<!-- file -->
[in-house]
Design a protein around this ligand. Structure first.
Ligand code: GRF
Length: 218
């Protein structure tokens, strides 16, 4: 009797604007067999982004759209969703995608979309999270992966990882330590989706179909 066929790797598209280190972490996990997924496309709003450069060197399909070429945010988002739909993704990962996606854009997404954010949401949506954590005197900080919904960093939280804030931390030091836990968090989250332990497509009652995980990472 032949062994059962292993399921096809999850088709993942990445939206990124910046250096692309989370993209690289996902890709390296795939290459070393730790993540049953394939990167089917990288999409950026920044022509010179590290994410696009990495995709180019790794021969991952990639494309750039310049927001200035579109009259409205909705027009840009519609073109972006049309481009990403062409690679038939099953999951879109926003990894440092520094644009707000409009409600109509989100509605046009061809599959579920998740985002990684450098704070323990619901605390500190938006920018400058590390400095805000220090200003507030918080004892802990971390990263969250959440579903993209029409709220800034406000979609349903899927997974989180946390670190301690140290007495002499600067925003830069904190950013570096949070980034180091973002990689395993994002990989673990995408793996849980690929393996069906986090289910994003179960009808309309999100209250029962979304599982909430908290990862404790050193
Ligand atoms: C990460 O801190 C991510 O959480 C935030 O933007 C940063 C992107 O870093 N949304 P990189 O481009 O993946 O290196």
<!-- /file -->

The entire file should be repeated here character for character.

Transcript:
[in-house]
Design a protein around this ligand. Structure first.
Ligand code: GRF
Length: 218
């Protein structure tokens, strides 16, 4: 009797604007067999982004759209969703995608979309999270992966990882330590989706179909 066929790797598209280190972490996990997924496309709003450069060197399909070429945010988002739909993704990962996606854009997404954010949401949506954590005197900080919904960093939280804030931390030091836990968090989250332990497509009652995980990472 032949062994059962292993399921096809999850088709993942990445939206990124910046250096692309989370993209690289996902890709390296795939290459070393730790993540049953394939990167089917990288999409950026920044022509010179590290994410696009990495995709180019790794021969991952990639494309750039310049927001200035579109009259409205909705027009840009519609073109972006049309481009990403062409690679038939099953999951879109926003990894440092520094644009707000409009409600109509989100509605046009061809599959579920998740985002990684450098704070323990619901605390500190938006920018400058590390400095805000220090200003507030918080004892802990971390990263969250959440579903993209029409709220800034406000979609349903899927997974989180946390670190301690140290007495002499600067925003830069904190950013570096949070980034180091973002990689395993994002990989673990995408793996849980690929393996069906986090289910994003179960009808309309999100209250029962979304599982909430908290990862404790050193
Ligand atoms: C990460 O801190 C991510 O959480 C935030 O933007 C940063 C992107 O870093 N949304 P990189 O481009 O993946 O290196």